# K_w and auto-ionization of water

1. Dec 3, 2013

### Zondrina

$K_w$ and auto-ionization of water

1. The problem statement, all variables and given/known data

The $K_w$ value decreases as the temperature decreases. Is the auto-ionization of water an exothermic or endothermic reaction in the forward direction?

2. Relevant equations

3. The attempt at a solution

Water is able to auto-ionize into $H_3O^{+1}$ and $OH^{-1}$ in an equilibrium reaction:

$H_2O_{(L)} + H_2O_{(L)} \leftrightharpoons H_3O^{+1}_{(aq)} + OH^{-1}_{(aq)}$

The equilibrium constant for this reaction is defined as $K_w = [H_3O^{+1}][OH^{-1}]$. It is known that the $K_w$ value increases as the temperature increases and decreases as the temperature decreases.

If $K_w$ is decreasing because temperature is decreasing, it means that the concentration of products is decreasing and so the reaction must move forward to produce more products and restore equilibrium. This means that heat must be a by-product of the reaction and therefore the overall reaction must be exothermic so that the equilibrium will shift right as the temperature decreases.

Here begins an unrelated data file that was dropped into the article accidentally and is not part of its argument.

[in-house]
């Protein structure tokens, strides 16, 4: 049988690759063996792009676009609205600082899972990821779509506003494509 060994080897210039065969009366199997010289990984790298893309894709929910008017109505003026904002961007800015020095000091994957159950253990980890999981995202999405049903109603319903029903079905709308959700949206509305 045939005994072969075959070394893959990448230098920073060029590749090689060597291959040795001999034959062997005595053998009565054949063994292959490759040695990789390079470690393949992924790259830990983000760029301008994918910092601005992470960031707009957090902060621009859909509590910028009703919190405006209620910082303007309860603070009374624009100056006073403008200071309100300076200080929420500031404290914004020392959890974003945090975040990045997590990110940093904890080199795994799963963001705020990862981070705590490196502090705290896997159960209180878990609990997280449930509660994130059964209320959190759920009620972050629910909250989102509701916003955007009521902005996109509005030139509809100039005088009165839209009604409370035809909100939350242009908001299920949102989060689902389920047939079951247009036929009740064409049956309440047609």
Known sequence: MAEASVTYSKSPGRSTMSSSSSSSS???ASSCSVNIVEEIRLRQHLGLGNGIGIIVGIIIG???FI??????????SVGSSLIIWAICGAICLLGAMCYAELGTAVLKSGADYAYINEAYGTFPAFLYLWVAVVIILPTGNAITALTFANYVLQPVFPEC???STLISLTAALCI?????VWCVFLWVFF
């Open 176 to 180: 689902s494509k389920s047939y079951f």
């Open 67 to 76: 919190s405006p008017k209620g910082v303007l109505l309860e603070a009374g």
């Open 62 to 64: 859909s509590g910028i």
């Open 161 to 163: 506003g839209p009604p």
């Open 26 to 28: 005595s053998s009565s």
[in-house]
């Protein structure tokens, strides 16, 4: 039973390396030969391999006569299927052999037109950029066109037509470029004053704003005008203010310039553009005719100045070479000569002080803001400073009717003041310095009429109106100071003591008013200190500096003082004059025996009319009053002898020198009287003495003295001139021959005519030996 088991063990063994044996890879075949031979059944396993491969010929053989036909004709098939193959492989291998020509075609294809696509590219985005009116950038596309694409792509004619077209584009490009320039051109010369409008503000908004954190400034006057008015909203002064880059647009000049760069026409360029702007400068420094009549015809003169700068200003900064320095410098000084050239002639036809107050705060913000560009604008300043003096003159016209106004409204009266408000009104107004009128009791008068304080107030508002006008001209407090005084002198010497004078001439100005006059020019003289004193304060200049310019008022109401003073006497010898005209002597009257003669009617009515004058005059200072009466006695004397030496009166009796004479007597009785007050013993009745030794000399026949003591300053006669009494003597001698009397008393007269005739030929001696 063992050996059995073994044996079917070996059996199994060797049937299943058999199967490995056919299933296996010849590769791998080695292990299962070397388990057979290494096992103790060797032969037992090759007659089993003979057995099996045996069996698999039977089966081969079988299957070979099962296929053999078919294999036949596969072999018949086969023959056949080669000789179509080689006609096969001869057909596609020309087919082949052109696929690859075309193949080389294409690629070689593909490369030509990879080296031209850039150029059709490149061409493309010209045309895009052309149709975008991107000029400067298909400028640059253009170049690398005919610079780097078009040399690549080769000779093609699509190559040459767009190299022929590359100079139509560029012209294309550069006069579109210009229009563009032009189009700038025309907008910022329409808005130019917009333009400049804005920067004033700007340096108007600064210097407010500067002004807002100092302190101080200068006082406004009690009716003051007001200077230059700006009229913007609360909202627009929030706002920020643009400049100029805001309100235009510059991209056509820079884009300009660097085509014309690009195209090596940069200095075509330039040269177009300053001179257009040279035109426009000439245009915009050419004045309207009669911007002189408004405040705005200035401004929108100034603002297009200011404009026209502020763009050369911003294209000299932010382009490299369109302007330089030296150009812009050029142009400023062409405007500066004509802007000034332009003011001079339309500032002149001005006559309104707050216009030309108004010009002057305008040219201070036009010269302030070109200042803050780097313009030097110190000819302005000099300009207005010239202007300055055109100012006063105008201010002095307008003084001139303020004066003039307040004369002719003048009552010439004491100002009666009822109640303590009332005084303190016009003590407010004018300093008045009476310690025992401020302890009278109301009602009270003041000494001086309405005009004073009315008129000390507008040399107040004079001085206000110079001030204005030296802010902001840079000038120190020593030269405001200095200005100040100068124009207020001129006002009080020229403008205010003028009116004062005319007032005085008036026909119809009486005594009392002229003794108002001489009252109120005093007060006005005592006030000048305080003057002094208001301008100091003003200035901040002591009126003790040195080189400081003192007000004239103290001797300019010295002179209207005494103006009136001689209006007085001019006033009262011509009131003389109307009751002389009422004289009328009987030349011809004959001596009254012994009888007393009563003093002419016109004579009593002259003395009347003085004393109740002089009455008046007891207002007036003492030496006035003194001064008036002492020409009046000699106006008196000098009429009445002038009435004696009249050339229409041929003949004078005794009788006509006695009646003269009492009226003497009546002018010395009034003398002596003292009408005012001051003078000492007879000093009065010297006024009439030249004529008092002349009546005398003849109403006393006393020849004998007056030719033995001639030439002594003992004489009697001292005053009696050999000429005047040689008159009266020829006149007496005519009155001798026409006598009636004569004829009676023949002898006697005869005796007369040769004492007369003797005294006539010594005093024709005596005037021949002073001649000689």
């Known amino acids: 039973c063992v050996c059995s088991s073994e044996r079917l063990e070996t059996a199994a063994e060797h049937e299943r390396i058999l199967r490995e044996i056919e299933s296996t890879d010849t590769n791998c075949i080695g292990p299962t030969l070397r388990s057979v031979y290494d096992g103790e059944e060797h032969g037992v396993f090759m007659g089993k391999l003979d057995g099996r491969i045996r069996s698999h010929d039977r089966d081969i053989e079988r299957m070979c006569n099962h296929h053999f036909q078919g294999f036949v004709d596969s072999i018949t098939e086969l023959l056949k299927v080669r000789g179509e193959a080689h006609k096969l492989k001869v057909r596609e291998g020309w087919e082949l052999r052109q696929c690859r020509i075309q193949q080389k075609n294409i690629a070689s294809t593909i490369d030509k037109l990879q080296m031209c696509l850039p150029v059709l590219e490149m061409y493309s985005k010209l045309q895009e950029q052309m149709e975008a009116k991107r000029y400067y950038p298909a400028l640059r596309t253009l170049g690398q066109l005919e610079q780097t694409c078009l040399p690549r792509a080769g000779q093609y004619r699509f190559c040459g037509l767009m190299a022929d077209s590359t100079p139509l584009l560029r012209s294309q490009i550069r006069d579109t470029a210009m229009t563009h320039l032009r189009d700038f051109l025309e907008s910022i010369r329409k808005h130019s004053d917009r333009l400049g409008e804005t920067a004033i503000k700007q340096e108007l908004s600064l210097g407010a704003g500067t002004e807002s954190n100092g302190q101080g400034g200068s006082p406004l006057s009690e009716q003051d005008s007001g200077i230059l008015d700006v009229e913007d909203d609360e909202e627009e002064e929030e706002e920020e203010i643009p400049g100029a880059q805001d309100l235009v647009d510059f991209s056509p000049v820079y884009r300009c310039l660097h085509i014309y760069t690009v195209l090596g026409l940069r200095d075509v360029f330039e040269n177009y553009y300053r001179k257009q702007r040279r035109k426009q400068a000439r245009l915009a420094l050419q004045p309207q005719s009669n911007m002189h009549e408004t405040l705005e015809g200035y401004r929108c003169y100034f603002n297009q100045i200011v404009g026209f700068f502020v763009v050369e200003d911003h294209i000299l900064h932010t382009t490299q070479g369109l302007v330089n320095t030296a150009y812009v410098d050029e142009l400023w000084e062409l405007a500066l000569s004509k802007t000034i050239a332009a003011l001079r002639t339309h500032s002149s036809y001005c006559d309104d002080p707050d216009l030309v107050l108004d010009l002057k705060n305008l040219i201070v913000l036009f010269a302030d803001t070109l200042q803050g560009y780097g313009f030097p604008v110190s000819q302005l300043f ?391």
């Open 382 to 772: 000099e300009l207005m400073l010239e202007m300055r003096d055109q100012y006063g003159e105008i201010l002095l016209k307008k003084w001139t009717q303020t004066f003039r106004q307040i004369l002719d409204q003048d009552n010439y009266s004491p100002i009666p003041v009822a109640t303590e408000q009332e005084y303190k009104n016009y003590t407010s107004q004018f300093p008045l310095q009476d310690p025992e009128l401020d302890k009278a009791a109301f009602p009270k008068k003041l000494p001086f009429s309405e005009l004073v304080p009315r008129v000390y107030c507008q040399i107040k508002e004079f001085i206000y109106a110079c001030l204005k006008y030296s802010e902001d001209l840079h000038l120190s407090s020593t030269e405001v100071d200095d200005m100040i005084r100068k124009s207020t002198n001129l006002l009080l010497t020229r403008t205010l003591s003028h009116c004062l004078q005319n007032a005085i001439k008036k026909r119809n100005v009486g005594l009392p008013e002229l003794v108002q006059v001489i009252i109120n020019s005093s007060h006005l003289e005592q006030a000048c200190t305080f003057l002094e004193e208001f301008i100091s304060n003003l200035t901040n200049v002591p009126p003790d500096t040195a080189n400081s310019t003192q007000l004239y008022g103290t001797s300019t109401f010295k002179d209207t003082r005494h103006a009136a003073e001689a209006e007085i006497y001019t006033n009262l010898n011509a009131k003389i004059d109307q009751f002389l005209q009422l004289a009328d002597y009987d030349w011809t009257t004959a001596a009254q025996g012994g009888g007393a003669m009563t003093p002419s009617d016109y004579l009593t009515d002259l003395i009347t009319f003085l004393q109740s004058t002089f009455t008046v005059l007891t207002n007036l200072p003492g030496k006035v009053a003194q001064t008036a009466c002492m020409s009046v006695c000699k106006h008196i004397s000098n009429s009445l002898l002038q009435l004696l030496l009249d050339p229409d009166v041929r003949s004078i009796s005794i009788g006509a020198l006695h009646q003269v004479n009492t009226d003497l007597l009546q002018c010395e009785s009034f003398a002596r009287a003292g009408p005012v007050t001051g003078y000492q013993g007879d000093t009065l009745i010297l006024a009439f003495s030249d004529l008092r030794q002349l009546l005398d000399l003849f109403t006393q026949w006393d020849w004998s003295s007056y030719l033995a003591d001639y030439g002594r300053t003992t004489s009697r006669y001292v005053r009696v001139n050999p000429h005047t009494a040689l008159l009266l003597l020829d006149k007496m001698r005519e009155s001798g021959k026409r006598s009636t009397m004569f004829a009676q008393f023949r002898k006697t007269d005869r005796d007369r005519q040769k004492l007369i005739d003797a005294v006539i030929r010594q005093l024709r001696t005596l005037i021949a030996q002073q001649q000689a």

Is this reasonable?

Last edited: Dec 3, 2013
2. Dec 3, 2013

### Keipi

The autoionization of water is an endothermic reaction.

If we increases the temperature Kw increases and the equilibrium shifts towards the products. Because an increase in temperature favors the endothermic side (the products, in this case) we can conclude that the forward reaction is endothermic and not exothermic.

3. Dec 3, 2013

### Staff: Mentor

But it doesn't shift right.

Think in terms of LeChatelier's principle.

4. Dec 3, 2013

### Zondrina

Ah so I should think of it the other way around.

If $K_w$ is decreasing because temperature is decreasing, it means that the concentration of products is decreasing BECAUSE the reaction is shifting to the left to compensate for the heat loss. While this shift occurs, it is clear that products become reactants.

Since we added heat and the equilibrium shifted left, we can conclude the overall reaction is endothermic.

Thanks guys :)